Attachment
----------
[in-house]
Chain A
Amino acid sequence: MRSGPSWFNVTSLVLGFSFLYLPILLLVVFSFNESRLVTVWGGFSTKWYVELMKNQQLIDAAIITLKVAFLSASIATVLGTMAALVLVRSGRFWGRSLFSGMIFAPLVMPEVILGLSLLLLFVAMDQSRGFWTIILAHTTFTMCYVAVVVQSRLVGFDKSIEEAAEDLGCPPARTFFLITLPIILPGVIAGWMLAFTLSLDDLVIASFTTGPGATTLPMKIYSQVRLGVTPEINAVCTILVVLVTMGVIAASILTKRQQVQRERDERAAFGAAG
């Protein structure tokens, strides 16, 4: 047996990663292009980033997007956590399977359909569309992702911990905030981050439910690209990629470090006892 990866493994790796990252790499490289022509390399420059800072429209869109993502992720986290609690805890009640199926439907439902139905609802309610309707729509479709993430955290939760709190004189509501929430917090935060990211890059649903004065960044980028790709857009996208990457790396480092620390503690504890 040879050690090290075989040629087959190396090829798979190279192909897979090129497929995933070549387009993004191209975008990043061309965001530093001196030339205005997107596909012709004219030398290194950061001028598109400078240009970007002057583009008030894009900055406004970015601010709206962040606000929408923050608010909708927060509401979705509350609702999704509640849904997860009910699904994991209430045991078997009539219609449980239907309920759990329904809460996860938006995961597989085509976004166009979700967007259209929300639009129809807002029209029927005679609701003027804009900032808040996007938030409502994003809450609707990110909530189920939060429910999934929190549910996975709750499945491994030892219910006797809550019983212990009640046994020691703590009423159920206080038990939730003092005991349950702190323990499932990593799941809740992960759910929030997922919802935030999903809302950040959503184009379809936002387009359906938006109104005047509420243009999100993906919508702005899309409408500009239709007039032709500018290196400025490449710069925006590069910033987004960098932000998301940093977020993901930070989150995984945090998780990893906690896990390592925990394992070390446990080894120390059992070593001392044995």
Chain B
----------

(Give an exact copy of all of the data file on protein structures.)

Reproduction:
[in-house]
Chain A
Amino acid sequence: MRSGPSWFNVTSLVLGFSFLYLPILLLVVFSFNESRLVTVWGGFSTKWYVELMKNQQLIDAAIITLKVAFLSASIATVLGTMAALVLVRSGRFWGRSLFSGMIFAPLVMPEVILGLSLLLLFVAMDQSRGFWTIILAHTTFTMCYVAVVVQSRLVGFDKSIEEAAEDLGCPPARTFFLITLPIILPGVIAGWMLAFTLSLDDLVIASFTTGPGATTLPMKIYSQVRLGVTPEINAVCTILVVLVTMGVIAASILTKRQQVQRERDERAAFGAAG
């Protein structure tokens, strides 16, 4: 047996990663292009980033997007956590399977359909569309992702911990905030981050439910690209990629470090006892 990866493994790796990252790499490289022509390399420059800072429209869109993502992720986290609690805890009640199926439907439902139905609802309610309707729509479709993430955290939760709190004189509501929430917090935060990211890059649903004065960044980028790709857009996208990457790396480092620390503690504890 040879050690090290075989040629087959190396090829798979190279192909897979090129497929995933070549387009993004191209975008990043061309965001530093001196030339205005997107596909012709004219030398290194950061001028598109400078240009970007002057583009008030894009900055406004970015601010709206962040606000929408923050608010909708927060509401979705509350609702999704509640849904997860009910699904994991209430045991078997009539219609449980239907309920759990329904809460996860938006995961597989085509976004166009979700967007259209929300639009129809807002029209029927005679609701003027804009900032808040996007938030409502994003809450609707990110909530189920939060429910999934929190549910996975709750499945491994030892219910006797809550019983212990009640046994020691703590009423159920206080038990939730003092005991349950702190323990499932990593799941809740992960759910929030997922919802935030999903809302950040959503184009379809936002387009359906938006109104005047509420243009999100993906919508702005899309409408500009239709007039032709500018290196400025490449710069925006590069910033987004960098932000998301940093977020993901930070989150995984945090998780990893906690896990390592925990394992070390446990080894120390059992070593001392044995």
Chain B